Plus, of course, if DC has to allow carry then NJ, MD, et al’s claims of “public safety” reasons for restrictions become laughable.

    1. Oregon is also an iffy state with regard to non-residents being able to carry or procure a license. There is no consistent plan, though state law makes it appear that there is and it isn’t in favor of those who want to carry in Oregon. Some county Sheriffs will issue, some won’t. Last time I read there law, it wasn’t in my favor, unless I found one of those will issue Sheriffs’. We need National Reciprocity for licensed carriers, even if it means some sort of minimal requirement for testing/training. They should allow the NSSF to develop the standards, they appear to be a Fair and Responsible organization. Not that there are not others, but the NSSF seems to have the least bitter (if any) taste connected to themselves.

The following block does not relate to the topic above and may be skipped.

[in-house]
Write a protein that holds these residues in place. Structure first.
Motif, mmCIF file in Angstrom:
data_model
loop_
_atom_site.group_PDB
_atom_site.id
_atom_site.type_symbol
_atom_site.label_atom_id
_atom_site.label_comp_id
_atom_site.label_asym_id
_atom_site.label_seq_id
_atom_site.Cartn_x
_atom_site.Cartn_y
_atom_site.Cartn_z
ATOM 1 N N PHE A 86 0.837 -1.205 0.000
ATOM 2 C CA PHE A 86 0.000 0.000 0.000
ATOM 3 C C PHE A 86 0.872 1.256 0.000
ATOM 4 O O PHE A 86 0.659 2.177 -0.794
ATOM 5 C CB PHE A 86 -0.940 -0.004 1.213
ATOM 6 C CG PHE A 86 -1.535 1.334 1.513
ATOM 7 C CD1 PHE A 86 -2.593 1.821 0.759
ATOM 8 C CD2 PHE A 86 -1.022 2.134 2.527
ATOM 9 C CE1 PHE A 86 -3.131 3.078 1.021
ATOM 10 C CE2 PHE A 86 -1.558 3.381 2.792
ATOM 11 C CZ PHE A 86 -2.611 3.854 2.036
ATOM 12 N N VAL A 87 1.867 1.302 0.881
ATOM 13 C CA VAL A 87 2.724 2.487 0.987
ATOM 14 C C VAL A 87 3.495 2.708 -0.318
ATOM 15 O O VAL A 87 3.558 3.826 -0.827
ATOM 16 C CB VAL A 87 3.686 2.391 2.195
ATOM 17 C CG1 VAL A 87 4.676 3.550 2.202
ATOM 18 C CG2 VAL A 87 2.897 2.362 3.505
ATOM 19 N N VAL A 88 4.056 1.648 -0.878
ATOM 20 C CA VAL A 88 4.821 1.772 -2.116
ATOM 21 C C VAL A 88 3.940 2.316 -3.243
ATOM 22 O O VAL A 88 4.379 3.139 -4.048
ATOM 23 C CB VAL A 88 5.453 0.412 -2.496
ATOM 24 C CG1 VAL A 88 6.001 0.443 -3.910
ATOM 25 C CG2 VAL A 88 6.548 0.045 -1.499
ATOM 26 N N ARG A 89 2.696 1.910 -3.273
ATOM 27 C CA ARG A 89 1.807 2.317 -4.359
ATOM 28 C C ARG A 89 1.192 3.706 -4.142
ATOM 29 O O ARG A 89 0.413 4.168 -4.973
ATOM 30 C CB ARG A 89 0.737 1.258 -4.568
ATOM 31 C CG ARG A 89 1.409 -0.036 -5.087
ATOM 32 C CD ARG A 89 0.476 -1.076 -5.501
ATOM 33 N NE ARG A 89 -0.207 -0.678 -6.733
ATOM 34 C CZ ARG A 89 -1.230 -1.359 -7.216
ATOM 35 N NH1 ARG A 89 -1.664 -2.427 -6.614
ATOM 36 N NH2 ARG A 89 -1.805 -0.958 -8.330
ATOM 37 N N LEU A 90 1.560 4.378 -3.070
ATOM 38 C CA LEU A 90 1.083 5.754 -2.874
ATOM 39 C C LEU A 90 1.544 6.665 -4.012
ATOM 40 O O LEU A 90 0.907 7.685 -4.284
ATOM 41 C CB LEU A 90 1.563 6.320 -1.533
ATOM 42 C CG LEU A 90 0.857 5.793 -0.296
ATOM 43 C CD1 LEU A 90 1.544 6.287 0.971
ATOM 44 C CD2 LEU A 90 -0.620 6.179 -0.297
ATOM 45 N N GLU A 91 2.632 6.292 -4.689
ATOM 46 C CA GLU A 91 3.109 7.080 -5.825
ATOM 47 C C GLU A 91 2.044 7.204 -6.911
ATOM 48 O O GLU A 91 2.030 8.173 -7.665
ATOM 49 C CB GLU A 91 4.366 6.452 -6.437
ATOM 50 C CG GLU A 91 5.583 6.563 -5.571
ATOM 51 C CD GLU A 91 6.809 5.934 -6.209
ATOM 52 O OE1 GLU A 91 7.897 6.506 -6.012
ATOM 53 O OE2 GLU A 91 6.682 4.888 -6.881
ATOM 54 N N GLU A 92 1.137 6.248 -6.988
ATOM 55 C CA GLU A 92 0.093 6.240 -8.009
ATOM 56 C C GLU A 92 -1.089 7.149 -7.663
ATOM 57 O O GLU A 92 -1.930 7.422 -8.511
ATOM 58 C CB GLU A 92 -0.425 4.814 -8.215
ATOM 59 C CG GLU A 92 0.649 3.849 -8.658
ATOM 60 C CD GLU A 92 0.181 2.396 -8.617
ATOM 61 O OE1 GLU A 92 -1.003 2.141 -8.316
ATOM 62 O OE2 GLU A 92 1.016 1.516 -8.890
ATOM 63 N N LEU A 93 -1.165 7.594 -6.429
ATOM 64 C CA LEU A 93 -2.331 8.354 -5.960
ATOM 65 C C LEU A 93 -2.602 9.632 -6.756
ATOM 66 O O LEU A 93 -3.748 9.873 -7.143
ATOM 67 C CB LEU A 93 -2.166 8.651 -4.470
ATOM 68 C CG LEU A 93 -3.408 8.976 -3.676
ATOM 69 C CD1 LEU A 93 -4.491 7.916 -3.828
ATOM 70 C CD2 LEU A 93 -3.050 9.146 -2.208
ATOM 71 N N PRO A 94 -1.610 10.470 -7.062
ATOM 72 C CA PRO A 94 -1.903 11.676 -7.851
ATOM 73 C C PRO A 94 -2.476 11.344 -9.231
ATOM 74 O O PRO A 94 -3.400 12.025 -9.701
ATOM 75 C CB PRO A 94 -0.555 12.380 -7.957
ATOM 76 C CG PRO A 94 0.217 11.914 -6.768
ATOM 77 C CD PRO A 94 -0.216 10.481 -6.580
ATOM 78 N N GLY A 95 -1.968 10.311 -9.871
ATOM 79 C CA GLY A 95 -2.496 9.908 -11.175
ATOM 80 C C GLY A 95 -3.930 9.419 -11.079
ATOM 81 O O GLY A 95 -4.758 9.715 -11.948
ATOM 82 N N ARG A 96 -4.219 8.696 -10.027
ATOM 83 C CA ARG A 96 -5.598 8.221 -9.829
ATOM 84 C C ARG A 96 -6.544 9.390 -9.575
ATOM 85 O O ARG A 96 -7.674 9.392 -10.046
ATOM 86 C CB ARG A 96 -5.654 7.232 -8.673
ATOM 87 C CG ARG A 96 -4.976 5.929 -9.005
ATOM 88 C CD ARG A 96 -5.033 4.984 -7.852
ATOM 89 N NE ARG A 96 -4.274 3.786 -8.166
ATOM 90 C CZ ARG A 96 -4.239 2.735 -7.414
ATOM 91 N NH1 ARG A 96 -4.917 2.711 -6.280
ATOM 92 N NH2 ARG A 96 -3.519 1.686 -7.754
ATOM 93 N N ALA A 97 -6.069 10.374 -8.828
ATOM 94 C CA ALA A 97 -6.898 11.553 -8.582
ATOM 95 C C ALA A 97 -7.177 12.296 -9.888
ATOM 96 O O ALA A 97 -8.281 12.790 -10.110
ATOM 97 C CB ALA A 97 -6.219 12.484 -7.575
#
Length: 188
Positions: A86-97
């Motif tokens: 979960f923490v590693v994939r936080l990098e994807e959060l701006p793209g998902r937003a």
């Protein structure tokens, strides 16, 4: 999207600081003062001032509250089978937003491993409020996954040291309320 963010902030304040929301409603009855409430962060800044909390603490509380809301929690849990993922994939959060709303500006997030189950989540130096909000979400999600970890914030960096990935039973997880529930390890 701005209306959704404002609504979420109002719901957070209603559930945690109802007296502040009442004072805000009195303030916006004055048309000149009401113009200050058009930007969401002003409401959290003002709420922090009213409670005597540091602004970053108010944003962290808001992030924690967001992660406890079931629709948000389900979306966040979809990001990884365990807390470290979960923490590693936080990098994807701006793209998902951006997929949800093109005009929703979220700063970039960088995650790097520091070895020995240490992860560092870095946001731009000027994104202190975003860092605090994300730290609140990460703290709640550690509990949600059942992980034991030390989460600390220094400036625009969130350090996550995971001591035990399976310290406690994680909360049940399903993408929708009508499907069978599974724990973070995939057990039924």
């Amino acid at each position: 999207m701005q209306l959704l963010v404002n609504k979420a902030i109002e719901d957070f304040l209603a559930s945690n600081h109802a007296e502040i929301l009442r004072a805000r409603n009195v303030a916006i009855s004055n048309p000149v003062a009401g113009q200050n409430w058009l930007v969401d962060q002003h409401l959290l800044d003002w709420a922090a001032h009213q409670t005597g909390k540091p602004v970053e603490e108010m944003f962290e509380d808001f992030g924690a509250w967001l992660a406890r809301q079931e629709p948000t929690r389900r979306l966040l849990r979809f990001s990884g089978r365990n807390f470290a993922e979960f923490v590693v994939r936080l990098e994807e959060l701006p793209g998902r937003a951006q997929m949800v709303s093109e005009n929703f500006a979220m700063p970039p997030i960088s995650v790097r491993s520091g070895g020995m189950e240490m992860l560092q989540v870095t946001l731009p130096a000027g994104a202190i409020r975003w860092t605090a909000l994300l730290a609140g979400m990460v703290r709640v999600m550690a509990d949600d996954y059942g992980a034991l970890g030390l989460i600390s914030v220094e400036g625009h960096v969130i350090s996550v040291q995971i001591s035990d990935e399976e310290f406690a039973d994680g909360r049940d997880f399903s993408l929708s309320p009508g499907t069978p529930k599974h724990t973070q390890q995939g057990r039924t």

1. My understanding of Oregon law from researching it a while back is that Sheriffs *may* issue to residents of the 4 contiguous states only: Washington, Idaho, Nevada and California. Other state’s residents are out of luck until a reciprocity bill finally makes it through their legislature.

        1. Correct. Grant County will issue to non-residents from the magic 4 states. Or at least they did last year when I got one.

          1. This is from the Oregon State Police website: “All applications for Concealed Handgun Licenses are initiated through the county Sheriff’s office in your county of residence.” Technically, if you don’t live there, you cannot have one. The question becomes, is your license really valid if they issued you one?

          2. Distinguish between residence and domicile. NY was just forced to permit people domiciled in other states to apply if they also had a “residence”in NY.